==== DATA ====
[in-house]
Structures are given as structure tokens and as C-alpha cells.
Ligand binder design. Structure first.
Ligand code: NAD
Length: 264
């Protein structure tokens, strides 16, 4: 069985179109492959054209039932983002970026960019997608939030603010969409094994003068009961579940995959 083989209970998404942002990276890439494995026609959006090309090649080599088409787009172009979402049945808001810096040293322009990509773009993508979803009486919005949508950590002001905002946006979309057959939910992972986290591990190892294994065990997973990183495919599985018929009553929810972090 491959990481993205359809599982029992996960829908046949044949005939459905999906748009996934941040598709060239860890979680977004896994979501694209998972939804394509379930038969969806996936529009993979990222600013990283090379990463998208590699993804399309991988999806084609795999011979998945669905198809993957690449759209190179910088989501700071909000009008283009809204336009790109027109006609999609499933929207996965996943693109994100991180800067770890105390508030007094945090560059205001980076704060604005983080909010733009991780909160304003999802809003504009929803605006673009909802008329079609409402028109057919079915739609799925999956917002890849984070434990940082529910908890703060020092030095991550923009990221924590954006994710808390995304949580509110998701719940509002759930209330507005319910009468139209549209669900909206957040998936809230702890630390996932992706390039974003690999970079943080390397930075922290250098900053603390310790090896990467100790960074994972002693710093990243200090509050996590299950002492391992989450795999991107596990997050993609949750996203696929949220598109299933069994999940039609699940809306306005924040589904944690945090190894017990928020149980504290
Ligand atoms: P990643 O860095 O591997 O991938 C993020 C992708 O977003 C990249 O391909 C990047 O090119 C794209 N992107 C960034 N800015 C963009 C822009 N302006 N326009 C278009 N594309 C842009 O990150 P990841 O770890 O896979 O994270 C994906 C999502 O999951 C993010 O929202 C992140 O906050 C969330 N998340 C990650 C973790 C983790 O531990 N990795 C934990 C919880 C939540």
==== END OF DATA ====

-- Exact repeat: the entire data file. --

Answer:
[in-house]
Structures are given as structure tokens and as C-alpha cells.
Ligand binder design. Structure first.
Ligand code: NAD
Length: 264
């Protein structure tokens, strides 16, 4: 069985179109492959054209039932983002970026960019997608939030603010969409094994003068009961579940995959 083989209970998404942002990276890439494995026609959006090309090649080599088409787009172009979402049945808001810096040293322009990509773009993508979803009486919005949508950590002001905002946006979309057959939910992972986290591990190892294994065990997973990183495919599985018929009553929810972090 491959990481993205359809599982029992996960829908046949044949005939459905999906748009996934941040598709060239860890979680977004896994979501694209998972939804394509379930038969969806996936529009993979990222600013990283090379990463998208590699993804399309991988999806084609795999011979998945669905198809993957690449759209190179910088989501700071909000009008283009809204336009790109027109006609999609499933929207996965996943693109994100991180800067770890105390508030007094945090560059205001980076704060604005983080909010733009991780909160304003999802809003504009929803605006673009909802008329079609409402028109057919079915739609799925999956917002890849984070434990940082529910908890703060020092030095991550923009990221924590954006994710808390995304949580509110998701719940509002759930209330507005319910009468139209549209669900909206957040998936809230702890630390996932992706390039974003690999970079943080390397930075922290250098900053603390310790090896990467100790960074994972002693710093990243200090509050996590299950002492391992989450795999991107596990997050993609949750996203696929949220598109299933069994999940039609699940809306306005924040589904944690945090190894017990928020149980504290
Ligand atoms: P990643 O860095 O591997 O991938 C993020 C992708 O977003 C990249 O391909 C990047 O090119 C794209 N992107 C960034 N800015 C963009 C822009 N302006 N326009 C278009 N594309 C842009 O990150 P990841 O770890 O896979 O994270 C994906 C999502 O999951 C993010 O929202 C992140 O906050 C969330 N998340 C990650 C973790 C983790 O531990 N990795 C934990 C919880 C939540």